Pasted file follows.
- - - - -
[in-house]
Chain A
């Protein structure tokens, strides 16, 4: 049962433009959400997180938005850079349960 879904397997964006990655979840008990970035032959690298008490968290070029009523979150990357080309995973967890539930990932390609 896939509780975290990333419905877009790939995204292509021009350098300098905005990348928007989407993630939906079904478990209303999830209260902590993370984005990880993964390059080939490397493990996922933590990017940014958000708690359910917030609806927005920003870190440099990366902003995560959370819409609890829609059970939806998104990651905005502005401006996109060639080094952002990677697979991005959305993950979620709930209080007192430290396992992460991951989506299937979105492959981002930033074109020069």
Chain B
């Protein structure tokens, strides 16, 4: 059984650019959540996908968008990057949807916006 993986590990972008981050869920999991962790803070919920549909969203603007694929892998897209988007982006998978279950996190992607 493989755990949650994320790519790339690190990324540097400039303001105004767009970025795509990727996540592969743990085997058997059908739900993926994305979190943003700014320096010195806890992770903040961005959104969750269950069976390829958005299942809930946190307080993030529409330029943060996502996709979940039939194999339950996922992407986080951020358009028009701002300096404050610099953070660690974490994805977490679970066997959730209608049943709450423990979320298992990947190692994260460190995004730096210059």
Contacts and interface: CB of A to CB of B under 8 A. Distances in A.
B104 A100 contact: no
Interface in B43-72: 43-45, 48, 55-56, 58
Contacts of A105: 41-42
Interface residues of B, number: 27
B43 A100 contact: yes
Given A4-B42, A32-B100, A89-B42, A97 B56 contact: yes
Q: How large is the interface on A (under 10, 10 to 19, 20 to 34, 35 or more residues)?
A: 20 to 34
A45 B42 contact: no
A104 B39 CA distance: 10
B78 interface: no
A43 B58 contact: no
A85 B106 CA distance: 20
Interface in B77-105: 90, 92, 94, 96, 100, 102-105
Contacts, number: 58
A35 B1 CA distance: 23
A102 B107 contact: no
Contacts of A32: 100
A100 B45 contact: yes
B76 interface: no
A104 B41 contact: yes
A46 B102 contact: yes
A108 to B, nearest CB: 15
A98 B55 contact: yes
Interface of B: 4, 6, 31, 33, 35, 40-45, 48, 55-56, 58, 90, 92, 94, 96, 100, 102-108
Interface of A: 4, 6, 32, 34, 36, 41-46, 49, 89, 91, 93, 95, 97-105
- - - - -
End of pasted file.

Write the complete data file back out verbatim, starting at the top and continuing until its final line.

[in-house]
Chain A
């Protein structure tokens, strides 16, 4: 049962433009959400997180938005850079349960 879904397997964006990655979840008990970035032959690298008490968290070029009523979150990357080309995973967890539930990932390609 896939509780975290990333419905877009790939995204292509021009350098300098905005990348928007989407993630939906079904478990209303999830209260902590993370984005990880993964390059080939490397493990996922933590990017940014958000708690359910917030609806927005920003870190440099990366902003995560959370819409609890829609059970939806998104990651905005502005401006996109060639080094952002990677697979991005959305993950979620709930209080007192430290396992992460991951989506299937979105492959981002930033074109020069």
Chain B
């Protein structure tokens, strides 16, 4: 059984650019959540996908968008990057949807916006 993986590990972008981050869920999991962790803070919920549909969203603007694929892998897209988007982006998978279950996190992607 493989755990949650994320790519790339690190990324540097400039303001105004767009970025795509990727996540592969743990085997058997059908739900993926994305979190943003700014320096010195806890992770903040961005959104969750269950069976390829958005299942809930946190307080993030529409330029943060996502996709979940039939194999339950996922992407986080951020358009028009701002300096404050610099953070660690974490994805977490679970066997959730209608049943709450423990979320298992990947190692994260460190995004730096210059």
Contacts and interface: CB of A to CB of B under 8 A. Distances in A.
B104 A100 contact: no
Interface in B43-72: 43-45, 48, 55-56, 58
Contacts of A105: 41-42
Interface residues of B, number: 27
B43 A100 contact: yes
Given A4-B42, A32-B100, A89-B42, A97 B56 contact: yes
Q: How large is the interface on A (under 10, 10 to 19, 20 to 34, 35 or more residues)?
A: 20 to 34
A45 B42 contact: no
A104 B39 CA distance: 10
B78 interface: no
A43 B58 contact: no
A85 B106 CA distance: 20
Interface in B77-105: 90, 92, 94, 96, 100, 102-105
Contacts, number: 58
A35 B1 CA distance: 23
A102 B107 contact: no
Contacts of A32: 100
A100 B45 contact: yes
B76 interface: no
A104 B41 contact: yes
A46 B102 contact: yes
A108 to B, nearest CB: 15
A98 B55 contact: yes
Interface of B: 4, 6, 31, 33, 35, 40-45, 48, 55-56, 58, 90, 92, 94, 96, 100, 102-108
Interface of A: 4, 6, 32, 34, 36, 41-46, 49, 89, 91, 93, 95, 97-105